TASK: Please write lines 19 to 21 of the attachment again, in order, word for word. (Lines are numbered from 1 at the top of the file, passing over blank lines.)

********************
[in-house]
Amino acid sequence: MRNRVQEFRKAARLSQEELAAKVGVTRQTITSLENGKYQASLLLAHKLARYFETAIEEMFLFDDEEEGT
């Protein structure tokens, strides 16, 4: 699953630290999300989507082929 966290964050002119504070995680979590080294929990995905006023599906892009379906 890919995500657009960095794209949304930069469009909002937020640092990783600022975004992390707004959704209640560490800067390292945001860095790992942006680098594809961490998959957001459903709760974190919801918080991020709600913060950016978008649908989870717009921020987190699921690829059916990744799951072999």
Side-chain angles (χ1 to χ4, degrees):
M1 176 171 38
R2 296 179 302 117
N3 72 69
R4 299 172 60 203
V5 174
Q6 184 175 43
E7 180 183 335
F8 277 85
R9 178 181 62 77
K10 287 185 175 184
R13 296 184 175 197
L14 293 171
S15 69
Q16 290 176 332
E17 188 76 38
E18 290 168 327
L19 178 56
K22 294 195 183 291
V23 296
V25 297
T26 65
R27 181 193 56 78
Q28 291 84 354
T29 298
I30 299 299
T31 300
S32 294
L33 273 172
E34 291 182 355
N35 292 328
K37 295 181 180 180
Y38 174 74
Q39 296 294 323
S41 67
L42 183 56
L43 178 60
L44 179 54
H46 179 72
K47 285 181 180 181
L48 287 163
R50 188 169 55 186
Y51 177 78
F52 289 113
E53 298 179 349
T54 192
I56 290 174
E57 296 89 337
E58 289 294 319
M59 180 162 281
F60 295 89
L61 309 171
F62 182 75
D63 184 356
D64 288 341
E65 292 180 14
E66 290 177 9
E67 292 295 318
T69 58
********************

E17 188 76 38
E18 290 168 327
L19 178 56